November 25, 2006: Sean Bell. August 9, 2014: Michael Brown. November 22, 2014: Tamir Rice. April 4, 2015: Walter Scott. April 12, 2015: Freddie Gray. April 13, 2015: Eric Harris. The summer of 2015: Eric Garner. July 2015: Sandra Bland. July 19, 2015: Samuel DuBose. July 5, 2016: Alton Sterling. July 6, 2016: Philando Castile. September 2016: Terrance Crutcher and Keith Lamont Scott.
What do all these people have in common? They are African Americans. They died while in police custody. They were shot to death by the cops, and they were unarmed. In each case, with the exception of Keith Lamont Scott, the shooting officer was White. Eleven of these thirteen police encounters were caught on camera.
Sean bell and the two guys he was with were unarmed when undercover cops fired fifty shots, killing Mr. Bell. Michael Brown wasn’t armed when he was shot to death by a police officer. Tamir Rice was in the playground playing with a pellet gun when he was murdered by the cops on camera. Video footage showed Walter Scott running away from the cop who shot him eight times in the back. He too was unarmed. Freddie Gray’s arrest was caught on camera, and it showed him not being able to walk. He wasn’t armed, but he died one week later due to sever injuries to his spine. Eric Harris’ murder was also caught on video, showing him being shot by a volunteer law enforcement reservist. Eric Garner was seen on camera being choked to death by a police officer while being held down by several others.
The arrest of Sandra Bland, who was without a weapon, was recorded on video. She mysteriously died while in police custody three days after her arrest. Samuel DuBose was killed during a traffic stop, even when it was clear that he posed no threat. Video footage showed Alton Sterling on the ground, not resisting and lying on his stomach, when he was shot by the police. Cellphone video recorded a cop killing Philando Castile as his four-year-old daughter sat in the back seat. Terrance Crutcher was seen on camera walking backwards with his hands in the air when he was killed by the cops. Keith Lamont Scott wasn’t armed when he was shot on camera by the police.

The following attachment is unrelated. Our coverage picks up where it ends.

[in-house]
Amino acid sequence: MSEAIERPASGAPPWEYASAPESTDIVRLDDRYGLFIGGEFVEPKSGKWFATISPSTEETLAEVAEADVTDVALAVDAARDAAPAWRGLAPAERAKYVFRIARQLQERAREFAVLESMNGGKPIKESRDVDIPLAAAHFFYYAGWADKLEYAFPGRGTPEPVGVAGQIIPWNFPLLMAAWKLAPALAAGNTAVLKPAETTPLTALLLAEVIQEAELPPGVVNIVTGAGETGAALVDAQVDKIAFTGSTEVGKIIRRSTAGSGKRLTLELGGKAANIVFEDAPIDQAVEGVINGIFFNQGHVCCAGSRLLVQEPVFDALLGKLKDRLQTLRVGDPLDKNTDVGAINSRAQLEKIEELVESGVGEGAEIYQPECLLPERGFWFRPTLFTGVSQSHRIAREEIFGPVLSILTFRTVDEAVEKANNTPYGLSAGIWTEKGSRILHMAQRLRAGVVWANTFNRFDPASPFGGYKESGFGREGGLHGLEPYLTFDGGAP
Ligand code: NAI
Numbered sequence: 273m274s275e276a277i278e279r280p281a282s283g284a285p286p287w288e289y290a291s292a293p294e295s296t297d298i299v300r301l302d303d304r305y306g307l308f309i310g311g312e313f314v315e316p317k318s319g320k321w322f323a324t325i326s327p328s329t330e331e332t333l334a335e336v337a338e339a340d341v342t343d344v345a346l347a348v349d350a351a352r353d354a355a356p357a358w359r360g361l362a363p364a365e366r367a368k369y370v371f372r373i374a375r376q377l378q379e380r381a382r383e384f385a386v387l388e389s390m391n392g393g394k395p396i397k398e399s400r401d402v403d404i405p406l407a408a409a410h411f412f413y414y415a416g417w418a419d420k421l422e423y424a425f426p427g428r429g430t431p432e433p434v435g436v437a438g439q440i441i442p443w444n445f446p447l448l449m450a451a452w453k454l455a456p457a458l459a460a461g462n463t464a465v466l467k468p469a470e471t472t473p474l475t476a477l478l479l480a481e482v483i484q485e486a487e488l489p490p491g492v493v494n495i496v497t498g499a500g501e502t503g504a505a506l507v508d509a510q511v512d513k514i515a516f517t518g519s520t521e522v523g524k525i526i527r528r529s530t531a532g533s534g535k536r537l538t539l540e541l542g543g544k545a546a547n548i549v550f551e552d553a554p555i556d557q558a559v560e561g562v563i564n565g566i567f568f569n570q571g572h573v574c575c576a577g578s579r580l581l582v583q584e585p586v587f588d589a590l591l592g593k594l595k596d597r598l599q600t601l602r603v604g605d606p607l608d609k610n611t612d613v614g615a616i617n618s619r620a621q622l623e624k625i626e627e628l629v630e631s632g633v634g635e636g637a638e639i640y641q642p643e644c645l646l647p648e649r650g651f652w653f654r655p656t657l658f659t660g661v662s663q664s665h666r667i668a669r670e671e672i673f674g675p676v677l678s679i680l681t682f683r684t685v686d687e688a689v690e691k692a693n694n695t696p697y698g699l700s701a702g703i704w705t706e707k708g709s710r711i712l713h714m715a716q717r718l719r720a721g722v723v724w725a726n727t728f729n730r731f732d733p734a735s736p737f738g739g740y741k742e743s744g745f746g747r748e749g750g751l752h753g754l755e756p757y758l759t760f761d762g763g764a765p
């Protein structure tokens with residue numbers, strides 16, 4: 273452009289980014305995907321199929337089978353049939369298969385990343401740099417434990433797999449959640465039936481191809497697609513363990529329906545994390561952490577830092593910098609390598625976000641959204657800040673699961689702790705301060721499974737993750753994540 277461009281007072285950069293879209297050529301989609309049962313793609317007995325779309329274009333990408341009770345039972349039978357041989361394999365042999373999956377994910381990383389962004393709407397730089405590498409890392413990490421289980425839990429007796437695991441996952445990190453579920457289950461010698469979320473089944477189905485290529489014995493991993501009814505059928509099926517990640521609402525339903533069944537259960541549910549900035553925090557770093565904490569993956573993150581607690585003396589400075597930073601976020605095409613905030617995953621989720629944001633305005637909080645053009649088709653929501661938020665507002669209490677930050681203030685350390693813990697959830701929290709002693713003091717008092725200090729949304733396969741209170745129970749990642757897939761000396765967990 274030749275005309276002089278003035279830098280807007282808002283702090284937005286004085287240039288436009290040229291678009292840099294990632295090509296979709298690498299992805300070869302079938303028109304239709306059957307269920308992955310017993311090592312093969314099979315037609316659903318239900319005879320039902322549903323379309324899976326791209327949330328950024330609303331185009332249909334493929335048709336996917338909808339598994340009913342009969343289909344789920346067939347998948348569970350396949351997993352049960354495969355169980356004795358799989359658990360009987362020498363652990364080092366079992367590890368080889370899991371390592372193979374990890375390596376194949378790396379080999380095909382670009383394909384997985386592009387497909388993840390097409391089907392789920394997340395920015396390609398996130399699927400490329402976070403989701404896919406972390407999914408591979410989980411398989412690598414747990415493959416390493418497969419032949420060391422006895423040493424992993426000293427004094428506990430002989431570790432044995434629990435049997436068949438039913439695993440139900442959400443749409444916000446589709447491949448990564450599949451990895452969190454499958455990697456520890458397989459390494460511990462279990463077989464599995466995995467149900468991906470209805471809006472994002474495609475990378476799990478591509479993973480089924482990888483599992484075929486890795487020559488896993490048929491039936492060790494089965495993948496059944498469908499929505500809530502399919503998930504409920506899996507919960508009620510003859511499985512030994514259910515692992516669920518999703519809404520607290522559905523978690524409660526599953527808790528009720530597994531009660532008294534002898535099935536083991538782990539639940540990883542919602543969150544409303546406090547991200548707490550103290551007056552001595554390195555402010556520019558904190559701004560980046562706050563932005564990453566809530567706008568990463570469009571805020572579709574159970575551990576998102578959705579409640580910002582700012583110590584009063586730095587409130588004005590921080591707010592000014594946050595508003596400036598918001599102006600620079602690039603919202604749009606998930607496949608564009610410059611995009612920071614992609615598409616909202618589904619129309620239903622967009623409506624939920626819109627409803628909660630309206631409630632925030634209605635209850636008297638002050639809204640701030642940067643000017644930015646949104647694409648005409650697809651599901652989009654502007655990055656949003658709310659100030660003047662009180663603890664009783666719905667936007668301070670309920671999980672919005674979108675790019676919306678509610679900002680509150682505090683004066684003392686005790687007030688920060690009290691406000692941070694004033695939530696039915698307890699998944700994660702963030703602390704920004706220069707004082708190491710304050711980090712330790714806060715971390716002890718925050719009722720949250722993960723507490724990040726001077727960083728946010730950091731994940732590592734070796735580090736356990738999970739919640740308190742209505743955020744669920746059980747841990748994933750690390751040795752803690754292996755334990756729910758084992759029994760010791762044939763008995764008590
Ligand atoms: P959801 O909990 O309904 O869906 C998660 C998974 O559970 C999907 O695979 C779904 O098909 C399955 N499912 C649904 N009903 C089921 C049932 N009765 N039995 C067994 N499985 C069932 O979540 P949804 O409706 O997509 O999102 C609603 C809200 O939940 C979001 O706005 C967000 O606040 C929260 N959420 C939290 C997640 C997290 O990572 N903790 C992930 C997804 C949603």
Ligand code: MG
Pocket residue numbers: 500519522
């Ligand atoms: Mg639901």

These killings of civilians by law enforcement officers have sparked protest, riots, and outrage. It’s like African American lives have no value because the police have a license to kill us whenever they want to.
Since 2012, people have been protesting under the slogan “Black Lives Matter.” But there is an additional issue here: why is it that a black life matters only when it’s taken by a police officer? I ask this question, because as a Black man, I witness first hand how African Americans, especially men, treat each other. We don’t value our own lives. If we did, we wouldn’t be killing each other. Chicago has the highest murder rate in America. If Black Lives mattered so much, there would be fewer crimes in many places.
There is no single solution to this problem, but what can be done is find ways to bridge the gap between police officers and African American communities. All police officers aren’t bad. It should go without saying that all Black people aren’t dangerous. If both sides came together, conversations can be had until common ground is reached. African Americans need to also stop viewing other African Americans as enemies. We need to treat each other like human beings, and set an example for how to be treated.